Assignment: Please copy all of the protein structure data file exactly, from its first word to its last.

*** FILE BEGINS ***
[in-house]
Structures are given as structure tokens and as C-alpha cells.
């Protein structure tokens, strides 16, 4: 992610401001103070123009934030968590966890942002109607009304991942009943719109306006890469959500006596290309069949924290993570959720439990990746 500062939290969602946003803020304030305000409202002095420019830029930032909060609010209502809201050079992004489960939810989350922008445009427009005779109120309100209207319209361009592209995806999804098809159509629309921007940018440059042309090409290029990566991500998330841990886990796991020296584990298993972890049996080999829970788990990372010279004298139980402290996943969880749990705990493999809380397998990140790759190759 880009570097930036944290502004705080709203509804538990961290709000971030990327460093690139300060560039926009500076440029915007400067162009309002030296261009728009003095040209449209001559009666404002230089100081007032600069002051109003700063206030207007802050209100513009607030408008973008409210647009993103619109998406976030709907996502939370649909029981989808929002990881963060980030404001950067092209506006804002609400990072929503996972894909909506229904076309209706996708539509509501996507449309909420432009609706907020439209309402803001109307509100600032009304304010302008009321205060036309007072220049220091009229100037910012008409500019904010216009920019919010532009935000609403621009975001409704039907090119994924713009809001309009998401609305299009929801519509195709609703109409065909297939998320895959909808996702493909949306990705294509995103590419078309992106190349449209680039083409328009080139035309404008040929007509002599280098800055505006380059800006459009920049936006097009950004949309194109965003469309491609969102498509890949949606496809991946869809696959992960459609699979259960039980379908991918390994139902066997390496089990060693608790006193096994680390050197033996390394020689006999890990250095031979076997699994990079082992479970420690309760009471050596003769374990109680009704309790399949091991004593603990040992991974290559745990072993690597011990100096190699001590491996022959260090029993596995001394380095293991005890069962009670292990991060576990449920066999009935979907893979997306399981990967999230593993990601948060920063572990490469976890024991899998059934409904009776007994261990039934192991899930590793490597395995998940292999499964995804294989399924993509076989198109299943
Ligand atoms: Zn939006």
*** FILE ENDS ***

[in-house]
Structures are given as structure tokens and as C-alpha cells.
């Protein structure tokens, strides 16, 4: 992610401001103070123009934030968590966890942002109607009304991942009943719109306006890469959500006596290309069949924290993570959720439990990746 500062939290969602946003803020304030305000409202002095420019830029930032909060609010209502809201050079992004489960939810989350922008445009427009005779109120309100209207319209361009592209995806999804098809159509629309921007940018440059042309090409290029990566991500998330841990886990796991020296584990298993972890049996080999829970788990990372010279004298139980402290996943969880749990705990493999809380397998990140790759190759 880009570097930036944290502004705080709203509804538990961290709000971030990327460093690139300060560039926009500076440029915007400067162009309002030296261009728009003095040209449209001559009666404002230089100081007032600069002051109003700063206030207007802050209100513009607030408008973008409210647009993103619109998406976030709907996502939370649909029981989808929002990881963060980030404001950067092209506006804002609400990072929503996972894909909506229904076309209706996708539509509501996507449309909420432009609706907020439209309402803001109307509100600032009304304010302008009321205060036309007072220049220091009229100037910012008409500019904010216009920019919010532009935000609403621009975001409704039907090119994924713009809001309009998401609305299009929801519509195709609703109409065909297939998320895959909808996702493909949306990705294509995103590419078309992106190349449209680039083409328009080139035309404008040929007509002599280098800055505006380059800006459009920049936006097009950004949309194109965003469309491609969102498509890949949606496809991946869809696959992960459609699979259960039980379908991918390994139902066997390496089990060693608790006193096994680390050197033996390394020689006999890990250095031979076997699994990079082992479970420690309760009471050596003769374990109680009704309790399949091991004593603990040992991974290559745990072993690597011990100096190699001590491996022959260090029993596995001394380095293991005890069962009670292990991060576990449920066999009935979907893979997306399981990967999230593993990601948060920063572990490469976890024991899998059934409904009776007994261990039934192991899930590793490597395995998940292999499964995804294989399924993509076989198109299943
Ligand atoms: Zn939006």